Mizuhara had told Ohtani they would talk privately after they returned to the team hotel, according to the player. It was there, Ohtani said, that Mizuhara disclosed the extent of his gambling debts and admitted to using the account and sending money to Bauer. In subsequent conversations with his representatives at CAA, as well as the Dodgers, “(they) at that point also understood that they had been lied to.”

While Ohtani said he and his lawyers had the “appropriate authorities” address the allegations, it’s unclear which authorities they reported it to. Mizuhara and Bowyer are under investigation by the IRS. Bauer also remains the subject of a federal investigation.

Major League Baseball began its investigation into the saga on Friday. While it’s unclear whether the league has officially requested an interview with Ohtani as part of its investigation, Ohtani said, “I am fully assisting with any investigations that are going on right now.”

How Mizuhara gained access to Ohtani’s account, let alone sent multiple transfers without Ohtani’s knowledge, remains a huge question. Ohtani and Mizuhara had a far from typical player-translator relationship. Their friendship involved the two of them together essentially 365 days a year, with Mizuhara serving as Ohtani’s driver early in his big league career and in recent months as his catching partner and dog sitter, among other duties. A key part of the investigation will be determining how much money left Ohtani’s account and how it moved out of Ohtani’s account, allegedly without his knowledge.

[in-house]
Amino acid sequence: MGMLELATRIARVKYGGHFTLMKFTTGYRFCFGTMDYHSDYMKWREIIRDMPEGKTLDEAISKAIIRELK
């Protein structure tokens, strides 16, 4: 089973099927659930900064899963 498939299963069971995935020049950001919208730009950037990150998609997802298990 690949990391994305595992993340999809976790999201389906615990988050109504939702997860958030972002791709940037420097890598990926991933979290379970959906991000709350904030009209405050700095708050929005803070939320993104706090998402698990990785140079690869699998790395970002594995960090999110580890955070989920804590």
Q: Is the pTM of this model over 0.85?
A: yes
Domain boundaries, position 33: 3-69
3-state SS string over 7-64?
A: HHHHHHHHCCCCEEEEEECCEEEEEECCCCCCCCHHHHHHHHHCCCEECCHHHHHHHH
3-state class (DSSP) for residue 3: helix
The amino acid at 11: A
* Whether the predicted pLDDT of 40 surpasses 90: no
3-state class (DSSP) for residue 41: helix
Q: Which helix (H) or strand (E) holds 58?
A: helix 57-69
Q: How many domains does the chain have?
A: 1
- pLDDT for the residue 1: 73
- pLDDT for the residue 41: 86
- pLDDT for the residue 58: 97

Also under scrutiny is how the Dodgers and Otani’s representatives trusted Mizuhara enough to have him be Otani’s only guy while knowing Mizuhara was the subject of that line of questioning. Rather, they followed their typical order of operations: Any communication from the Dodgers, agent Nez Balello or his representatives at CAA went through Mizuhara, even without Ohtani present. That meant no one from the Dodgers or CAA had spoken directly with Ohtani about the looming storyline involving Mizuhara before the interpreter approached the club after Wednesday’s season opener. Mizuhara claimed to ESPN that he never misrepresented anything while translating for Ohtani.

“I’m very saddened and shocked that someone I trust has done this,” Ohtani said.

And while Ohtani has been adamant that he never bet on baseball or other sports, the upcoming investigation will have to take a closer look at what bets Mizuhara placed. The former translator has repeatedly claimed to ESPN that he has bet on international soccer, the NBA, the NFL and college football, but never baseball.

Breaking his silence, Ohtani made it clear that he’s now split from the man he’s been closest to since his early 20s. The specifics behind his claims — that Mizuhara stole from him to pay Bower and lied about it not only to the Dodgers and CAA officials, but also to Ohtani himself — clearly outline a version of events.

One that Ohtani and his camp hope is correct.

(Shohei Ohtani photo: Jae C. Hong/Associated Press)